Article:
The Democratic National Committee (DNC) approved by a voice vote Saturday a significant restructuring of the presidential primary calendar. The two states that have traditionally gone first, Iowa and New Hampshire, were pushed back in favor of South Carolina, while Michigan and Georgia were also moved up.
The new order of primaries was set in response to demands from President Joe Biden, whose campaign in the 2020 primaries was rescued from oblivion by the South Carolina primary, which he won thanks to support from Representative James Clyburn, the sole Democratic member of Congress from that state and a longtime leader of the Congressional Black Caucus.
While there were complaints about the technical collapse that delayed tabulation of ballots in the Iowa caucuses in 2020, the real issue driving the DNC decision was that both Iowa and New Hampshire—for the last 40 years the first contest and the first primary—are both largely white.
This did not fit with the racialist identity politics that increasingly dominate the Democratic Party, with political groupings based on race, gender and sexual preference holding sway. South Carolina is the first primary state with a large black population, and in both Michigan and Georgia the Democratic primary vote is heavily African American.
The new order for the 2024 campaign will be South Carolina on February 3, followed three days later by New Hampshire and Nevada, then Georgia February 13 and Michigan February 26. These five will be followed by the “Super Tuesday” contests across nearly two dozen states, in which perceived frontrunner status according to the media and accumulated financial resources play the decisive role.
This order seems tailor-made for a Biden reelection campaign, not yet declared but already begun in many respects. Putting South Carolina first is not merely a political payback for Representative Clyburn, but something of an insurance policy for the future.
Given the mountain of crises facing the administration—war, pandemic, economic turmoil and likely recession, and above all the emergence of significant working class struggles against corporate America—Biden could well anticipate a challenge to his renomination, even if that seems nonexistent at present.
The primary order approved by the DNC conflicts in several instances with election law or procedure in the states affected. South Carolina, Nevada and Michigan have already taken action to accommodate the new schedule, with Michigan Governor Gretchen Whitmer signing into law, backed by both parties, the moving up of the state’s presidential primary.
But New Hampshire state law requires its primary to be first in the nation, and state officials plan to move it forward ahead of South Carolina. If the primary is held in violation of the DNC plan, the state would be penalized with a reduction in delegate numbers, and candidates who campaign there could be penalized as well.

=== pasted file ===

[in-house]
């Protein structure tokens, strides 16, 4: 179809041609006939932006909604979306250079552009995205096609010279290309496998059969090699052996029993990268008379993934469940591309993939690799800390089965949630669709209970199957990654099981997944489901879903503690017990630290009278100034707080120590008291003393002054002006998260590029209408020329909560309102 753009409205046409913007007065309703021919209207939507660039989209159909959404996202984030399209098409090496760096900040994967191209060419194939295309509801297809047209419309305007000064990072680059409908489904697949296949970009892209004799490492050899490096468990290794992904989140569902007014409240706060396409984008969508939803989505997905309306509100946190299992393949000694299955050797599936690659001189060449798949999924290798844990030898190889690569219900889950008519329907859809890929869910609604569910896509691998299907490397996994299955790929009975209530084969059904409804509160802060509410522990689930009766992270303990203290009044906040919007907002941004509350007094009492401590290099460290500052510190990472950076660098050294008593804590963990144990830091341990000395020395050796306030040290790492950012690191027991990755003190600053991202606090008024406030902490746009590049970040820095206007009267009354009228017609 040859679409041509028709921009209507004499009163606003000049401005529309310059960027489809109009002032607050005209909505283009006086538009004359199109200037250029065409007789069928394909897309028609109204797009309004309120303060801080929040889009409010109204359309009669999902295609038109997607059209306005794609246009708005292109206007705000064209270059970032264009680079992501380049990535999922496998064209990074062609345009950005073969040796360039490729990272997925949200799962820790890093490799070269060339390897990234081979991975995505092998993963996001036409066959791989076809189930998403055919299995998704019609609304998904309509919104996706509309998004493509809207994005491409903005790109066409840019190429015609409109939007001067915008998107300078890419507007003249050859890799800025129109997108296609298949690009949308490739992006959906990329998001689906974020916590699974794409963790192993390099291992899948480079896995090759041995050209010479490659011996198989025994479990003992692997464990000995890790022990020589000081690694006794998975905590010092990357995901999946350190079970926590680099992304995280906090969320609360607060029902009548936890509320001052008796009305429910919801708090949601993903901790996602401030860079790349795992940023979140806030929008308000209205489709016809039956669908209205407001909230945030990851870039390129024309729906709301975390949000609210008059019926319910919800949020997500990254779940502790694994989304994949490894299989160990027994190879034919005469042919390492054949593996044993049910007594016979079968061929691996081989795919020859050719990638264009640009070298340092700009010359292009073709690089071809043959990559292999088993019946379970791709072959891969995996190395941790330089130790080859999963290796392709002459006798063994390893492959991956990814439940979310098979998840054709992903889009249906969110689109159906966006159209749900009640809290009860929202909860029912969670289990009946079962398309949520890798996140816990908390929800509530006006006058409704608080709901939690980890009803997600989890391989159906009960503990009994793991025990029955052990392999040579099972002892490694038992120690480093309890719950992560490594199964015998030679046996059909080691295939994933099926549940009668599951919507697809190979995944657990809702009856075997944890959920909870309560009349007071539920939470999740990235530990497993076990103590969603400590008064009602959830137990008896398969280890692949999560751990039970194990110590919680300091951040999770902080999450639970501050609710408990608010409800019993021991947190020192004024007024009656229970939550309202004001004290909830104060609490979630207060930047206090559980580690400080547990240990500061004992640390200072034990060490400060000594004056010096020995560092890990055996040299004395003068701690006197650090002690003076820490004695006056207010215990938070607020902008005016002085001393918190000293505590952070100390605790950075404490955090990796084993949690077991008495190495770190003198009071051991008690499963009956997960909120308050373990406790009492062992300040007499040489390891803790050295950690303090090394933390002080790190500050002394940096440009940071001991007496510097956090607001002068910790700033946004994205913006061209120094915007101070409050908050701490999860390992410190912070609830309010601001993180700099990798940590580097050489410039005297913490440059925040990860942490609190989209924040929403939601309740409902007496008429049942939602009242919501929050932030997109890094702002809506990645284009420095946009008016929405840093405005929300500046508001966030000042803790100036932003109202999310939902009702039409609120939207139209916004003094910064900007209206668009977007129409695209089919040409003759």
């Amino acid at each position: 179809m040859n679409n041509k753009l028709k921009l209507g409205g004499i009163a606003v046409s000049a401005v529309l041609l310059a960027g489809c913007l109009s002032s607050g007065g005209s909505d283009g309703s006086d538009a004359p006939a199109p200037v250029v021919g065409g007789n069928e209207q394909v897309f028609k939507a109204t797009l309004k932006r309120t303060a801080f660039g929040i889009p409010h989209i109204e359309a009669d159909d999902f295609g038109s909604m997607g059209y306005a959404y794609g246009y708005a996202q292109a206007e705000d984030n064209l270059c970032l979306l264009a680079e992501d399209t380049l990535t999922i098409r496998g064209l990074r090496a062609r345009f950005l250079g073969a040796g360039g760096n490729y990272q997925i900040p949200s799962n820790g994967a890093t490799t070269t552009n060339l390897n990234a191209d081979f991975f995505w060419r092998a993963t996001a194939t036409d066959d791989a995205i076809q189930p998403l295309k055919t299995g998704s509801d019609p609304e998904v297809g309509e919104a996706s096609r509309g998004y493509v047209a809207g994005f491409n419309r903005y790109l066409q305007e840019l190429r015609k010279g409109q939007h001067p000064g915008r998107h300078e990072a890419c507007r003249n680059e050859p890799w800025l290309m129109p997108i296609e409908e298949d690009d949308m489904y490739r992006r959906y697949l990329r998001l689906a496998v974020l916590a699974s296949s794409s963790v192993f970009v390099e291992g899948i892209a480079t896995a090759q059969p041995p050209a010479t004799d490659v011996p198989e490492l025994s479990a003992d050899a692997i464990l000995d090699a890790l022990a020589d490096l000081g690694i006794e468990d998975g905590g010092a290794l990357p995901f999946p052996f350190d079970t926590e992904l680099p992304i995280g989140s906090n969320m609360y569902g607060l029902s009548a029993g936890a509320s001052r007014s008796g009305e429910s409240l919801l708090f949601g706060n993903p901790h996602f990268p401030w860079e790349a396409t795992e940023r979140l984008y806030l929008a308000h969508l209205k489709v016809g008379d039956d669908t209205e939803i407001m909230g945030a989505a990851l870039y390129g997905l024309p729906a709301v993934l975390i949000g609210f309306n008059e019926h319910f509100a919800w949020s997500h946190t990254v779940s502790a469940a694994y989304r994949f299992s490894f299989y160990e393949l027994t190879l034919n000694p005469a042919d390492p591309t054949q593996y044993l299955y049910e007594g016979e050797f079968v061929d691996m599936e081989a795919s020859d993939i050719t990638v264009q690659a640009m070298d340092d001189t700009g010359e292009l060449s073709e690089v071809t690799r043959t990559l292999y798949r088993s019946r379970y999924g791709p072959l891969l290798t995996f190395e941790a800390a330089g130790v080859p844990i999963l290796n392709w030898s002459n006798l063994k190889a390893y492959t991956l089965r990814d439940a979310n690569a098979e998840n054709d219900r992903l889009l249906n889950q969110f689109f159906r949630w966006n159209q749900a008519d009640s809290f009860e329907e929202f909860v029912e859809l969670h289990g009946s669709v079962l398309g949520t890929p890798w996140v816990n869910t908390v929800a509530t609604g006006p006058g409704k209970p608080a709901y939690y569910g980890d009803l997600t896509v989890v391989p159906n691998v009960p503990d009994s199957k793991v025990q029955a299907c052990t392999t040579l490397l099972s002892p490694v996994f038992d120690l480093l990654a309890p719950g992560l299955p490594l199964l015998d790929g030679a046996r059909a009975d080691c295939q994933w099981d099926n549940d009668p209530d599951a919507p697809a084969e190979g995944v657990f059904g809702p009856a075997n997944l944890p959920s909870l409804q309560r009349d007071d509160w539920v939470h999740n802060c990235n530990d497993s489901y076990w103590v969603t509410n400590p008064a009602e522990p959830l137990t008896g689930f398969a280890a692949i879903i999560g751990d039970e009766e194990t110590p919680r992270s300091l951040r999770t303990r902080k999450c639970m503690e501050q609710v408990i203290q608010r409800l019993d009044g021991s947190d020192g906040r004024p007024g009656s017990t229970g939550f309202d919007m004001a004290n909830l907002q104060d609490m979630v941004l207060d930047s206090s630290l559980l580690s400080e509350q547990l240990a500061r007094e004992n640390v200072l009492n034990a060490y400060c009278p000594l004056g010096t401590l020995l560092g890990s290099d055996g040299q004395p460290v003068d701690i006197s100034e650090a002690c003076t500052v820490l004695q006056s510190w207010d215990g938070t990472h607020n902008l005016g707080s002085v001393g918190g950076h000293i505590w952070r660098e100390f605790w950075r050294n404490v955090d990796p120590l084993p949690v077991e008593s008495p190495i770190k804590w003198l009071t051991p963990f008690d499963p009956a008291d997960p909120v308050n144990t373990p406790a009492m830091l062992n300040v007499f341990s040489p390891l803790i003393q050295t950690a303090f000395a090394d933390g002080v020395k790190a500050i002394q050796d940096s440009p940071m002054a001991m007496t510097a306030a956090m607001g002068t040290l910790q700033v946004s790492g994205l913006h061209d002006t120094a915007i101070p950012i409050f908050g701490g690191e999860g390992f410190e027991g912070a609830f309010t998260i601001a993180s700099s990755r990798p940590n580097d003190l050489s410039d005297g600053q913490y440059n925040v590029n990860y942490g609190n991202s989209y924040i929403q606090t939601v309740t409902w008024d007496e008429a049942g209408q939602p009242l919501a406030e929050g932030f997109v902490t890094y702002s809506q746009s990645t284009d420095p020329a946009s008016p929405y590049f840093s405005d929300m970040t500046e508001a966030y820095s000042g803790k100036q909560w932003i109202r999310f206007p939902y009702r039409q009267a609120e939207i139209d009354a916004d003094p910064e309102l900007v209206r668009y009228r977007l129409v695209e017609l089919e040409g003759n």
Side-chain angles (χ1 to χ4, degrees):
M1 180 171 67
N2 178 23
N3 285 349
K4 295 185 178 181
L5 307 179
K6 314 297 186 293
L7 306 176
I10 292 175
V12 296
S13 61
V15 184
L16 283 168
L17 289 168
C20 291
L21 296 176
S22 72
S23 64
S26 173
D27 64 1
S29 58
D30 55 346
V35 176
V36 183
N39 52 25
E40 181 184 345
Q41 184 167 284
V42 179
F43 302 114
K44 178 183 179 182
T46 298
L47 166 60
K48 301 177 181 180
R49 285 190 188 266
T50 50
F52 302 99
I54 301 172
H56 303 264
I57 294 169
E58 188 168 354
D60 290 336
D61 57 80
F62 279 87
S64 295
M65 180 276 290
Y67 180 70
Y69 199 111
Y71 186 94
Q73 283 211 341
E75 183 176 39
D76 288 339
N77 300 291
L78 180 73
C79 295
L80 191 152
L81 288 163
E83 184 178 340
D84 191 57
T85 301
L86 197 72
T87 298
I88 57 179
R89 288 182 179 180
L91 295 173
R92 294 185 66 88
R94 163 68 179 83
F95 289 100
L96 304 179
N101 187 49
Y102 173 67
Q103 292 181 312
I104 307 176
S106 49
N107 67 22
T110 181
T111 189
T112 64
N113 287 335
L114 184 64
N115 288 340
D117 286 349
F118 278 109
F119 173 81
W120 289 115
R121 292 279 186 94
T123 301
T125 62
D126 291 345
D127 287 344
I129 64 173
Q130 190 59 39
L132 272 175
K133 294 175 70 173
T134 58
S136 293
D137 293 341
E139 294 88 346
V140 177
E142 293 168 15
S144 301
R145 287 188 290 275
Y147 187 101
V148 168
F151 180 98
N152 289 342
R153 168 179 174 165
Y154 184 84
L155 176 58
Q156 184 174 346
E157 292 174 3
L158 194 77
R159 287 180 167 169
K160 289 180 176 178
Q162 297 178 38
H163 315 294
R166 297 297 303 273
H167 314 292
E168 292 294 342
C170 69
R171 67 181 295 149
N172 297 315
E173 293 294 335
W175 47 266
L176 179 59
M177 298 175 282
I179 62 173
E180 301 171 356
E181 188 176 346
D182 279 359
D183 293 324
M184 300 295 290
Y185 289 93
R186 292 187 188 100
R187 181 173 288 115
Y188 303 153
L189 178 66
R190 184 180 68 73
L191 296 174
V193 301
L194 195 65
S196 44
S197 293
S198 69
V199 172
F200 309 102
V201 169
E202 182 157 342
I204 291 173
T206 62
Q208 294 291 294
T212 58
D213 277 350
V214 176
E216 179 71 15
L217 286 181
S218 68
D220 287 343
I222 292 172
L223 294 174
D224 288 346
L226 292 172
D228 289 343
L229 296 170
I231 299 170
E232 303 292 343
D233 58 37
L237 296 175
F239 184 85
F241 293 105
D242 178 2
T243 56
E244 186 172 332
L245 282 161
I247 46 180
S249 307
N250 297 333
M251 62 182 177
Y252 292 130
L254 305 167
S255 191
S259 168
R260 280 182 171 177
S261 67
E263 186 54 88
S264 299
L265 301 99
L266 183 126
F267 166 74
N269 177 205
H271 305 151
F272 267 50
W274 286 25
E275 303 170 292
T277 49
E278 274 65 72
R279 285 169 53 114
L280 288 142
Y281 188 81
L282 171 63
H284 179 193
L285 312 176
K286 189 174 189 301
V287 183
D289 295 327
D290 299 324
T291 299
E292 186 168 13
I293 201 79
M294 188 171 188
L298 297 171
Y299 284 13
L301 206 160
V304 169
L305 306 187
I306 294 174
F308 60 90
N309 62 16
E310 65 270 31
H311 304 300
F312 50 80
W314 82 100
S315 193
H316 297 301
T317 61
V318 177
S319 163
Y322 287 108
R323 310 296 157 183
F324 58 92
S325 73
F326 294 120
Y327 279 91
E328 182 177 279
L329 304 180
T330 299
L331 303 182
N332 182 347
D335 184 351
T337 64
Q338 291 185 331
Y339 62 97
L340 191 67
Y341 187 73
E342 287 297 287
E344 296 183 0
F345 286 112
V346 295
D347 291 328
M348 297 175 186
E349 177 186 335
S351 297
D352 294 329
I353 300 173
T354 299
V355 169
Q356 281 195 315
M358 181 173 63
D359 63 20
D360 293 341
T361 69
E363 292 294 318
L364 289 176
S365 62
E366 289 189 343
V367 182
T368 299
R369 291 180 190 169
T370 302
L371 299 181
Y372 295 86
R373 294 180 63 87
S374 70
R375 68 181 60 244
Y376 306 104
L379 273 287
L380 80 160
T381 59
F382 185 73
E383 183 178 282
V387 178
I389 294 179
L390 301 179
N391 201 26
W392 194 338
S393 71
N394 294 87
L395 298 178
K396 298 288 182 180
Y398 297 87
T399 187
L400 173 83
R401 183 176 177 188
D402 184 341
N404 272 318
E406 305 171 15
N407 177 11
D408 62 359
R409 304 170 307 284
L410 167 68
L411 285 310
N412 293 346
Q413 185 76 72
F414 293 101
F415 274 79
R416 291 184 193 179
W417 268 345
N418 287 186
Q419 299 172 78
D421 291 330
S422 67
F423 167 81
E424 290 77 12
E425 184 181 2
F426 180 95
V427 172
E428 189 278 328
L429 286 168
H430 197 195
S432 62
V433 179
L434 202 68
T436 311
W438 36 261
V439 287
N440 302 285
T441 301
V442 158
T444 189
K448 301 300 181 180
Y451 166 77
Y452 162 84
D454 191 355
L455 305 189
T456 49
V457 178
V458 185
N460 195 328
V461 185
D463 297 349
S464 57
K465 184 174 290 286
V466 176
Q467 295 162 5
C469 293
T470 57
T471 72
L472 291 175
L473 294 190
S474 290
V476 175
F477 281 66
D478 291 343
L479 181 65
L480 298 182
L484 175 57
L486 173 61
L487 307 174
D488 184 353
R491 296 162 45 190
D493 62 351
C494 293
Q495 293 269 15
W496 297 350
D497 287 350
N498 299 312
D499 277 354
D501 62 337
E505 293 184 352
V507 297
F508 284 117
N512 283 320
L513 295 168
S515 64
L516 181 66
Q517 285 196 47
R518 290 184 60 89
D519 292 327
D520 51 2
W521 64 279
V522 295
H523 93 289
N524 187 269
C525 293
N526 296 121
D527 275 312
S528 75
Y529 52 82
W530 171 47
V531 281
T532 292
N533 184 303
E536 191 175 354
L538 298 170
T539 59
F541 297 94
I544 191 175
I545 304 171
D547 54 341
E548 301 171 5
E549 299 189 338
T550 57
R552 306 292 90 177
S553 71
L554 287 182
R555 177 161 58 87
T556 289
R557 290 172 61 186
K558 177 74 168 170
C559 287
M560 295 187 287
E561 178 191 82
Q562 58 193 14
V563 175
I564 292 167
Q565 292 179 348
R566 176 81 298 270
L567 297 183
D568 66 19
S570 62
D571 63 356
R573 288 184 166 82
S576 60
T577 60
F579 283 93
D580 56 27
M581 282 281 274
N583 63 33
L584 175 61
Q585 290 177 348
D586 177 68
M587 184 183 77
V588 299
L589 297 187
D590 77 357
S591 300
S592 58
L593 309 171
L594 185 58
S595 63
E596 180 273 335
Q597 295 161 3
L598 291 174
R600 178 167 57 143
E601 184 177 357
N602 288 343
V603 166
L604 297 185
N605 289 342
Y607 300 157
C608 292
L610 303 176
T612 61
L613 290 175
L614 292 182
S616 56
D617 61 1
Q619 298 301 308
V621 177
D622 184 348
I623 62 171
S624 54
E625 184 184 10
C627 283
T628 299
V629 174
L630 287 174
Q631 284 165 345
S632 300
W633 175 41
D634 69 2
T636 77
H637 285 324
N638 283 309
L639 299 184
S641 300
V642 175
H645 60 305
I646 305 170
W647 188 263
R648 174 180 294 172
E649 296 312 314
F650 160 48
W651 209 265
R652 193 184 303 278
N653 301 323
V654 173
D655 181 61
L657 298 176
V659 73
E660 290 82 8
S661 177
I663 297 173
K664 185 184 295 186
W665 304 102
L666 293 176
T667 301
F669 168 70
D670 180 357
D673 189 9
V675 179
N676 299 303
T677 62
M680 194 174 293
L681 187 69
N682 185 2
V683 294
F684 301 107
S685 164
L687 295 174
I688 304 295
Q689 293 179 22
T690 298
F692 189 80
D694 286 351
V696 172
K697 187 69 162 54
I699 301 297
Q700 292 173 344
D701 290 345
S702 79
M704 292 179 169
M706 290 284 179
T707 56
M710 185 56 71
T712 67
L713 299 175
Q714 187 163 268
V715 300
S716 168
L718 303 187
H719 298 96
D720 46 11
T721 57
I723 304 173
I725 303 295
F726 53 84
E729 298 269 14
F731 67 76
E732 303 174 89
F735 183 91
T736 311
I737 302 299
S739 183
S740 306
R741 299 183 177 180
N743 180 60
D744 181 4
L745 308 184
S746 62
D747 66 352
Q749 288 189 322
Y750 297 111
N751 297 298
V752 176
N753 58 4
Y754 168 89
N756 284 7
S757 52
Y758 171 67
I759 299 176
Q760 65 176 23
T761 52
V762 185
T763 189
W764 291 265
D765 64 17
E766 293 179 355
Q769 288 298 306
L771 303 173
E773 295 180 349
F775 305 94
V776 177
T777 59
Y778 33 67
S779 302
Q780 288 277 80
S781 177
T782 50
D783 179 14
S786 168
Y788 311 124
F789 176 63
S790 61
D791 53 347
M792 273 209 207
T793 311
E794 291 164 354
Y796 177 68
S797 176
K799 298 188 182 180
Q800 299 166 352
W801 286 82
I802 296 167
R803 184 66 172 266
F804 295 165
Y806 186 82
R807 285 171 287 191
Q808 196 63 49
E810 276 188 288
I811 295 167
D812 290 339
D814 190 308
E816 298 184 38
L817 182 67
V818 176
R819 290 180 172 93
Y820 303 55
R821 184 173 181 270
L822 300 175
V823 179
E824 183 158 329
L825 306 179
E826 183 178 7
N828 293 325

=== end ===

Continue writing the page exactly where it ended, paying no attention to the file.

Georgia’s primary date has already been set by Republican Secretary of State Brad Raffensperger, and he is not expected to change it simply in response to a DNC resolution. This would undercut the significance of a primary in one of the 10 most populous states, as well as a key battleground state in 2020 and likely in 2024.
The DNC Rules and Bylaws Committee has given both states until early June to adhere to the proposed calendar, but both state governments are Republican-controlled and have no incentive to shift their position.
Besides the change in the primary schedule, the winter meeting of the DNC, held in Philadelphia over the weekend, served as a pre-campaign rally for the likely Biden-Harris reelection campaign. Both addressed the meeting and were met with ovations and chants of “four more years.”
The semblance of unanimity was in contrast to the worsening political standing of both the Democratic and Republican parties with the broad masses of the American people. A Washington Post-ABC News poll published Sunday found that a staggering 40 percent of those responding said they were worse off financially today than when Biden took office. This was the highest number in any ABC/Post poll dating back 37 years, the newspaper said.
Six in 10 Democrats didn’t want Biden to be renominated, while half of Republicans did not want Trump to be the nominee. Even fewer, Democrats, Republicans or independents, wanted to see a second version of the Trump-Biden contest of 2020.
These figures are dismal under any circumstances, but coming two years after Trump tried to overthrow the American government and overturn the results of the 2020 election through the assault on the US Capitol on January 6, 2021, the results for the Democratic Party and Biden are nothing short of a political indictment.
The poll results do not represent a shift to the right, but a colossal loss of confidence in the Biden administration among those who reluctantly voted for Biden and Harris. Some 36 percent of Democrats say they would be disappointed if Biden won reelection. A staggering 69 percent of Democrats aged 18-39 do not want Biden to run for reelection.
Biden declared after January 6 that he wanted to preserve a strong Republican Party, and he spent the first two years of his administration seeking bipartisan deals with an increasingly fascistic political organization. His State of the Union address on Tuesday night will undoubtedly contain further such appeals, directed especially to the Republicans now in control of the House of Representatives, even though a majority of them voted not to certify Biden’s election victory following Trump’s failed coup.